Froch Charged Up to Halt the Livewire

The Evening Standard (London, England), December 16, 2011 | Go to article overview

Froch Charged Up to Halt the Livewire


Byline: David Smith

[bar] ARL FROCH has claimed victory in the phoney war against Andre Ward, and now believes he is on course to win the real war when he challenges the unbeaten American for the Super Six World Boxing Classic title in Atlantic City tomorrow night.

Whoever prevails at the Boardwalk Hall will become undisputed king of the super-middleweight division. And the Briton, who pits his WBC title against that of the WBA belonging to Ward, is convinced he has rattled his rival even before the first bell has sounded.

The 34-year-old, nicknamed The Cobra, was spitting venom as he said: "I've already got in Ward's face and told him the truth: that we both know he's not a puncher, that we both know I'm far stronger and more powerful.

"I've constantly made him aware that l can knock him out but he can't knock me out, and that for every moment of those 12 three-minute rounds I'll be trying to render him unconscious."

Froch's record bears the small stain of a disputed decision which went the way of Denmark's Mikkel Kessler in April last year. Of greater significance, 20 of his 28 victories have been inside the distance.

Ward, seven years younger than his opponent, has yet to taste defeat in 24 fights but only 13 of his wins have come by way of stoppage.

"He likes to grab and hold," said Eddie Hearn, Froch's promoter. "That will be his plan this time, to try and win the rounds and win a shut-out points victory."

There can be no doubting the danger that Ward, with fists flashing as fast as those of Amir Khan, poses to Froch's ambition to rule at super-middleweight and cement his standing as one of Britain's best boxers of the modern era. The Californian has an Olympic gold medal in a drawer and what passes for solid iron in a skull that inflicted a terrible fight-stopping cut in his own clash with Kessler two years ago.

"Everyone knows Ward's a dirty b*****d who stuck the head in several times when stopping Kessler on cuts," said Froch. …

The rest of this article is only available to active members of Questia

Already a member? Log in now.

Notes for this article

Add a new note
If you are trying to select text to create highlights or citations, remember that you must now click or tap on the first word, and then click or tap on the last word.
One moment ...
Default project is now your active project.
Project items
Notes
Cite this article

Cited article

Style
Citations are available only to our active members.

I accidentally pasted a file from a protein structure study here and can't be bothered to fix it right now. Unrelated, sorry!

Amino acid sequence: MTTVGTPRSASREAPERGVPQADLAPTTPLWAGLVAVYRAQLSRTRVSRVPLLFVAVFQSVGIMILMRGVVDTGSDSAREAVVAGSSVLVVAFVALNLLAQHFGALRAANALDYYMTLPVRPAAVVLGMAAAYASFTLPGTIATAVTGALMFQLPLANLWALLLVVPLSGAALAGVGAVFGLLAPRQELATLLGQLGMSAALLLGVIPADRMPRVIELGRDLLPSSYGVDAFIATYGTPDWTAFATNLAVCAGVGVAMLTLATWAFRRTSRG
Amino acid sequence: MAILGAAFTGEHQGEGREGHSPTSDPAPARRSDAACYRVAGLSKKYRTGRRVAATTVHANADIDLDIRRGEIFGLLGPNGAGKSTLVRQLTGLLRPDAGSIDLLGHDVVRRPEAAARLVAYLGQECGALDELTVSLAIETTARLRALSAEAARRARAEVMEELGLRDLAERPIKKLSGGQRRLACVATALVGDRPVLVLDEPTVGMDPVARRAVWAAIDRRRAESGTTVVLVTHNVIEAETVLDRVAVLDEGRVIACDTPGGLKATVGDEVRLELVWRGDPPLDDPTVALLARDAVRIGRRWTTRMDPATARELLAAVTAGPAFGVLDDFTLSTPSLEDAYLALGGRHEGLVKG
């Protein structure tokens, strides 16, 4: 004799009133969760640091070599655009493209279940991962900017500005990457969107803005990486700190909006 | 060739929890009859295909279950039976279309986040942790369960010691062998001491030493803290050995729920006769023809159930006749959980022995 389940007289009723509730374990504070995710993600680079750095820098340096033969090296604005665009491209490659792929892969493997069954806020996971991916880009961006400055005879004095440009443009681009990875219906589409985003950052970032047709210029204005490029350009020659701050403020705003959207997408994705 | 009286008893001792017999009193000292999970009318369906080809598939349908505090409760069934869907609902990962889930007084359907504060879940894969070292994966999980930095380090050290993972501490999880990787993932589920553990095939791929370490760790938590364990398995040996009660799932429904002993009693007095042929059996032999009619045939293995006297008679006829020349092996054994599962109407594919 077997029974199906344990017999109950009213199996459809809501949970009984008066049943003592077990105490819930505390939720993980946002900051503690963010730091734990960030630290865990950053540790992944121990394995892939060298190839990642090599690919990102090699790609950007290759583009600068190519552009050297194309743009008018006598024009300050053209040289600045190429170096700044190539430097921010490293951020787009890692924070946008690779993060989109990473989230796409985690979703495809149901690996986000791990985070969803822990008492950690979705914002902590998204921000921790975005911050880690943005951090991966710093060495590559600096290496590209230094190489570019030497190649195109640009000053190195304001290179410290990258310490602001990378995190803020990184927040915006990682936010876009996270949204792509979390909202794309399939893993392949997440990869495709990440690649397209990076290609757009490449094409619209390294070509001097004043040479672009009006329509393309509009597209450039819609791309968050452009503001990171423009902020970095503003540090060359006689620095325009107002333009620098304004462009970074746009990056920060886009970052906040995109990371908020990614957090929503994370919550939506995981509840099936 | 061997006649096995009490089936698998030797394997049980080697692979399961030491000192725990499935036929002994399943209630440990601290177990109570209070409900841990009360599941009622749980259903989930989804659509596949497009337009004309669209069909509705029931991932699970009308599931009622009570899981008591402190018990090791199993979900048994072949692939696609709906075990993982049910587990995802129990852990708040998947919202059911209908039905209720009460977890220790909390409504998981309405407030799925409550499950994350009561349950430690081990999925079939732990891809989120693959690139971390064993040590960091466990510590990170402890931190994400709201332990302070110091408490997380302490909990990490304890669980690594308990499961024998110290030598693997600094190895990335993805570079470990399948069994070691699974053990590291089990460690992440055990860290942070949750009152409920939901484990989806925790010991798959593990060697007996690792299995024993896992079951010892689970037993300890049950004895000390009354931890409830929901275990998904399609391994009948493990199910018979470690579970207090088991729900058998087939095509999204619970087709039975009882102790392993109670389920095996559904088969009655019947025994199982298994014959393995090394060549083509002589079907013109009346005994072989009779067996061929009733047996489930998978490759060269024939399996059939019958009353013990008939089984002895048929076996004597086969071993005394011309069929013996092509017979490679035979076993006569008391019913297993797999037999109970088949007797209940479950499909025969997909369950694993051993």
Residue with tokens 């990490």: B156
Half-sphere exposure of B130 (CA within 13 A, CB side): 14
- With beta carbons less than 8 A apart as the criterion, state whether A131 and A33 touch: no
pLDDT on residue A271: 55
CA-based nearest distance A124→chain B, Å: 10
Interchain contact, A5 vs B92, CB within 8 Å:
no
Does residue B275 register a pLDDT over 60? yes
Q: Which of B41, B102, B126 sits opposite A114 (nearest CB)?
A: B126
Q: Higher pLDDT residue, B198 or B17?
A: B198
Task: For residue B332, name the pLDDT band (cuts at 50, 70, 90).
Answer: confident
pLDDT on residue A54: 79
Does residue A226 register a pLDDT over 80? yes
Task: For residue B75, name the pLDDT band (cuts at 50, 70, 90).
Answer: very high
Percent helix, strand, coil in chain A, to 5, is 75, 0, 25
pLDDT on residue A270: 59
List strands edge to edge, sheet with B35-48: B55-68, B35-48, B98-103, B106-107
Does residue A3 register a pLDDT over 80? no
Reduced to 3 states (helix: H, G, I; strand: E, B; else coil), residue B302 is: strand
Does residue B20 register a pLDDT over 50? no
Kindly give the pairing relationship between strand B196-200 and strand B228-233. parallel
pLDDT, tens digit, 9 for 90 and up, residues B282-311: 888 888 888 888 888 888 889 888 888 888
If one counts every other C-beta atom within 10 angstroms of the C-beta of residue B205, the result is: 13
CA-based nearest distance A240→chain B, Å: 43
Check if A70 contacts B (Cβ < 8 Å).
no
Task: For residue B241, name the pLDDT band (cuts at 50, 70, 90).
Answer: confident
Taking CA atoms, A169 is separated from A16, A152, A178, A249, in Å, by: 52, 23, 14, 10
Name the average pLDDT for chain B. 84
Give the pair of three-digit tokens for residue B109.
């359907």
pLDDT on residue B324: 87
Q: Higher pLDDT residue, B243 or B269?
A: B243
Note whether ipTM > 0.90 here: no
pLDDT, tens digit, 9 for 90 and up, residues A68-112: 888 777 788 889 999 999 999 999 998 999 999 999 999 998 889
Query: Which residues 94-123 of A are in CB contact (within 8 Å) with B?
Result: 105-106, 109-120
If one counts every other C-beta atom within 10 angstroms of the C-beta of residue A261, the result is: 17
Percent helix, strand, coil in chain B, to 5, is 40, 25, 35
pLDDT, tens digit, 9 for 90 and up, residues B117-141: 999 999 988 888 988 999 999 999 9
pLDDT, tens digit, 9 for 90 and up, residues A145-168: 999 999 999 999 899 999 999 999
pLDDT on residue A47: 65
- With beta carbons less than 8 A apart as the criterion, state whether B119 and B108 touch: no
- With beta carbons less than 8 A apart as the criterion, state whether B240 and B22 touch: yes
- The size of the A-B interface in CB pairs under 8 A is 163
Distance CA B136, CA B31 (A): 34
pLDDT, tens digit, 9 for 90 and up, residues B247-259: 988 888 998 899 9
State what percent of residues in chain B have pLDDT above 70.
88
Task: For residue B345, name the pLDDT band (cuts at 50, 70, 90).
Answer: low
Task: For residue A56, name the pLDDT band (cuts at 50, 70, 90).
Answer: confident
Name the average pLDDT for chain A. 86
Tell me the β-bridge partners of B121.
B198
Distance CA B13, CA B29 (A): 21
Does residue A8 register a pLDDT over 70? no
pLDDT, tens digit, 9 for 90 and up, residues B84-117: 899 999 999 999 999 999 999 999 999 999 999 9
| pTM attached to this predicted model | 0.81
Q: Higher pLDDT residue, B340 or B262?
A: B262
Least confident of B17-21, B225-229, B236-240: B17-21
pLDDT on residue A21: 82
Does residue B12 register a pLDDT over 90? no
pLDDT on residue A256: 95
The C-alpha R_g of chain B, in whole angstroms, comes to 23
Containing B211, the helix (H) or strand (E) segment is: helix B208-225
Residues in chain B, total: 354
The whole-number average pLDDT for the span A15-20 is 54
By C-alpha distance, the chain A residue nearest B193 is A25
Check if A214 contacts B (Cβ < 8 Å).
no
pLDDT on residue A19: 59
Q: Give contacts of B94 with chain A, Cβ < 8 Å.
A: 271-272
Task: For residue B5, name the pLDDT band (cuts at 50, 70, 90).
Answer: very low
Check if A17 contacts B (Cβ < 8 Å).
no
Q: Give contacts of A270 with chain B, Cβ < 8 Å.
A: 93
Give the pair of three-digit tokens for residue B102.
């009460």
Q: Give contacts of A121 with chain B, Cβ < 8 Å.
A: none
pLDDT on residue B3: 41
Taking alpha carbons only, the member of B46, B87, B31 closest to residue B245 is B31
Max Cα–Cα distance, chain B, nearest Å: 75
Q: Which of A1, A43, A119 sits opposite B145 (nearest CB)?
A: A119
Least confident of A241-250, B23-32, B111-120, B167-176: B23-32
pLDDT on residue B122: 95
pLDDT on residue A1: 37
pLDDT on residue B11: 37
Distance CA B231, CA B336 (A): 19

Buy instant access to cite pages or passages in MLA 8, MLA 7, APA and Chicago citation styles.

(Einhorn, 1992, p. 25)

(Einhorn 25)

(Einhorn 25)

1. Lois J. Einhorn, Abraham Lincoln, the Orator: Penetrating the Lincoln Legend (Westport, CT: Greenwood Press, 1992), 25, http://www.questia.com/read/27419298.

Note: primary sources have slightly different requirements for citation. Please see these guidelines for more information.

Cited article

Froch Charged Up to Halt the Livewire
Settings

Settings

Typeface
Text size Smaller Larger Reset View mode
Search within

Search within this article

Look up

Look up a word

  • Dictionary
  • Thesaurus
Please submit a word or phrase above.
Print this page

Print this page

Why can't I print more than one page at a time?

Help
Full screen
Items saved from this article
  • Highlights & Notes
  • Citations
Some of your highlights are legacy items.

Highlights saved before July 30, 2012 will not be displayed on their respective source pages.

You can easily re-create the highlights by opening the book page or article, selecting the text, and clicking “Highlight.”

matching results for page

    Questia reader help

    How to highlight and cite specific passages

    1. Click or tap the first word you want to select.
    2. Click or tap the last word you want to select, and you’ll see everything in between get selected.
    3. You’ll then get a menu of options like creating a highlight or a citation from that passage of text.

    OK, got it!

    Cited passage

    Style
    Citations are available only to our active members.
    Buy instant access to cite pages or passages in MLA 8, MLA 7, APA and Chicago citation styles.

    "Portraying himself as an honest, ordinary person helped Lincoln identify with his audiences." (Einhorn, 1992, p. 25).

    "Portraying himself as an honest, ordinary person helped Lincoln identify with his audiences." (Einhorn 25)

    "Portraying himself as an honest, ordinary person helped Lincoln identify with his audiences." (Einhorn 25)

    "Portraying himself as an honest, ordinary person helped Lincoln identify with his audiences."1

    1. Lois J. Einhorn, Abraham Lincoln, the Orator: Penetrating the Lincoln Legend (Westport, CT: Greenwood Press, 1992), 25, http://www.questia.com/read/27419298.

    Cited passage

    Thanks for trying Questia!

    Please continue trying out our research tools, but please note, full functionality is available only to our active members.

    Your work will be lost once you leave this Web page.

    Buy instant access to save your work.

    Already a member? Log in now.

    Search by... Author
    Show... All Results Primary Sources Peer-reviewed

    Oops!

    An unknown error has occurred. Please click the button below to reload the page. If the problem persists, please try again in a little while.